I'm sure there are lots of GetReligion readers who are familiar with the old etiquette rule stating that there are two things people are not supposed to talk about in polite company -- religion and politics.
However, we now know that the same rule -- or half of it -- does not apply to sports talk at ESPN.
This is complicated. The other day, our own Bobby Ross Jr., followed up on a great tip from a reader about some North Caroline State football players who volunteered some of their time to do mission work in Kenya. The headline on that piece stated: "Shhhhh! Don't mention Christian faith because ESPN wants to pretend it doesn't matter."
You see, despite all kinds of social media references to the fact that this was a Christian missions trip (Do secular groups use the word "missions" in this context?), the ESPN team went way out of its way to avoid any references to religious faith. At the end, Bobby said:
Please don't misunderstand me: I think it's great that ESPN decided to report on a "life-changing experience" that made a "profound impact" and "inspired (one of [punter A.J.] Cole's teammates) so much."I just wish ESPN would go ahead and tell the rest of the story -- the one that involves those unmentioned words above.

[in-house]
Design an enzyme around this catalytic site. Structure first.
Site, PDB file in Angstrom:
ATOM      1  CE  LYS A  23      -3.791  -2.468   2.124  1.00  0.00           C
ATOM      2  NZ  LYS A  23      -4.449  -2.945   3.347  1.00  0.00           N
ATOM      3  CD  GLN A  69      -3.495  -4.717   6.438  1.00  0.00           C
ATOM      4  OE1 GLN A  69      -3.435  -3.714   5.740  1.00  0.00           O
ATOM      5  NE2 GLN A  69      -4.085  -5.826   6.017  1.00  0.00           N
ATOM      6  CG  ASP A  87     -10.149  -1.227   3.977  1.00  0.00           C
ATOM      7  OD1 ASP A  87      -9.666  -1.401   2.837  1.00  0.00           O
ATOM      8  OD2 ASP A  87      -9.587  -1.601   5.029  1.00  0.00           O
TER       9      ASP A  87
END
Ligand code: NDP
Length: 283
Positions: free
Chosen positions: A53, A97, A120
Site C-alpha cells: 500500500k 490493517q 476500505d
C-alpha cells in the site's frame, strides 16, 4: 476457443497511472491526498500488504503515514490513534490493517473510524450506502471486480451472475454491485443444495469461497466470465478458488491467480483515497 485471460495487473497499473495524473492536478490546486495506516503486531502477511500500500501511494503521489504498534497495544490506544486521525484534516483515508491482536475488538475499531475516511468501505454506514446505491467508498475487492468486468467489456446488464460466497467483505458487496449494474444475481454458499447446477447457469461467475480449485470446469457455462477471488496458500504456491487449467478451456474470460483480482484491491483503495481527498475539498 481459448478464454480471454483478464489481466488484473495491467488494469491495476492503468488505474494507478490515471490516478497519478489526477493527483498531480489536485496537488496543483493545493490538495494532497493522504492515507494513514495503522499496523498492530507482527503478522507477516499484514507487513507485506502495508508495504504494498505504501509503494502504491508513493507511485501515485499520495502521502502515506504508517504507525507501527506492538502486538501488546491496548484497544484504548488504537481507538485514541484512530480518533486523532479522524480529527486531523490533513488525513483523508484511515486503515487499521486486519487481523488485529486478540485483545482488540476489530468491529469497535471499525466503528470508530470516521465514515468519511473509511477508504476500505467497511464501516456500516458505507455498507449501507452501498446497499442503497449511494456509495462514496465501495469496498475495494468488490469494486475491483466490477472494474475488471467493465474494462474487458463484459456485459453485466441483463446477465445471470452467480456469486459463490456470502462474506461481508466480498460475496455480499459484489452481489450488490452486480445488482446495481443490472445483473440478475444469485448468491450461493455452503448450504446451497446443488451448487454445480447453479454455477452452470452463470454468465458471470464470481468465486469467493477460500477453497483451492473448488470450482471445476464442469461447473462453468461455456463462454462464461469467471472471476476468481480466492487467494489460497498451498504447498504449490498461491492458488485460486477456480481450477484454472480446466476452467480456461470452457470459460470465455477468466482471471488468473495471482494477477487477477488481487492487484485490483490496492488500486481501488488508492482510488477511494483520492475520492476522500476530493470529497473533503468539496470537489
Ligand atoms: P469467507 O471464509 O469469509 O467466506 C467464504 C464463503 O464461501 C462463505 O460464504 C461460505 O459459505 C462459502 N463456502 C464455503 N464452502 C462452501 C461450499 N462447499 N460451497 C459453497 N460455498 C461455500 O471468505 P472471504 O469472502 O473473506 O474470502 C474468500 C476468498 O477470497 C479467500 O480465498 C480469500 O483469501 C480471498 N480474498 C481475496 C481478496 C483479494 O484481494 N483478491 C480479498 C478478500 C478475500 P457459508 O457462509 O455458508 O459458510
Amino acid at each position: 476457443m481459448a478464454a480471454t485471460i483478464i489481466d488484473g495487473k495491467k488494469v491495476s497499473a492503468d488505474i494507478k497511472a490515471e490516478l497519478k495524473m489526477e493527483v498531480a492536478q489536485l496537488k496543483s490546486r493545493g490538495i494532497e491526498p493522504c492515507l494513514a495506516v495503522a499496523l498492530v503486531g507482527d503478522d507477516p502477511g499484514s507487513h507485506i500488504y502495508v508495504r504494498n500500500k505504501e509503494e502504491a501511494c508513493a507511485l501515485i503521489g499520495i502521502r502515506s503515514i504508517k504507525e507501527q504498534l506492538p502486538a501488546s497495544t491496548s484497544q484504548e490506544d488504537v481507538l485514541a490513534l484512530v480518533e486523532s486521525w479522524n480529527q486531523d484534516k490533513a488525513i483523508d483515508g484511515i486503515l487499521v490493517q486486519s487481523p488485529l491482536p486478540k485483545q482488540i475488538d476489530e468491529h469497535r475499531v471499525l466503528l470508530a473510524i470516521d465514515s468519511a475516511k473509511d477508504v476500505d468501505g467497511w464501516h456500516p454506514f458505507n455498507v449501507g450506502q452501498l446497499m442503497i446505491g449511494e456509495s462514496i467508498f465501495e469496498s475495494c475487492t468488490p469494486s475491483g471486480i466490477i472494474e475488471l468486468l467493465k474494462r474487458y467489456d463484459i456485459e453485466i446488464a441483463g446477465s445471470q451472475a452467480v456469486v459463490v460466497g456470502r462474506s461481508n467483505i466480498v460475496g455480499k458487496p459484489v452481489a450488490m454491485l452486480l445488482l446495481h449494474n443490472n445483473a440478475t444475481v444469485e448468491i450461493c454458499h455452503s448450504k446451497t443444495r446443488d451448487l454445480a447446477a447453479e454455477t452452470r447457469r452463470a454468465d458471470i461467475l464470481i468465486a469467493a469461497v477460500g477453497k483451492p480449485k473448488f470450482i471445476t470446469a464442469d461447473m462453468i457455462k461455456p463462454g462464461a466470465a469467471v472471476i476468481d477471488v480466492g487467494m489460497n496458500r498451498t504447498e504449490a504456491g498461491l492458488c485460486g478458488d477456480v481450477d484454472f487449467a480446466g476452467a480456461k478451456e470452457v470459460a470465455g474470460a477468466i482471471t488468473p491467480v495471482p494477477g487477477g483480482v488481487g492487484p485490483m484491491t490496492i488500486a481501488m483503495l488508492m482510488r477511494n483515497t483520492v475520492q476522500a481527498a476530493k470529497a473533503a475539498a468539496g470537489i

Seriously, why is ESPN -- seemingly -- so afraid of religion?
As the video at the top of this post notes, Cole has been doing this generic missions work for quite some time now.
Anyway, we have received emails from readers claiming that ESPN has an actual policy forbidding discussions of religion on the air -- but have never been given direct evidence of this. There has also been talk (think Christmas wars) about ESPN banning adds that mention Jesus, etc.
Meanwhile, ESPN ratings have been in a dangerous spiral that some, in addition to the obvious ties to young viewers cutting cables to their screens, have linked to the sports giant airing more and more commentaries backing progressive cultural and political causes, some of which have implications for traditional religious believers.
Now, ESPN Public Editor Jim Brady has written a very interesting essay about new ESPN policies affecting political speech during news reports. The headline: "New ESPN guidelines recognize connection between sports, politics."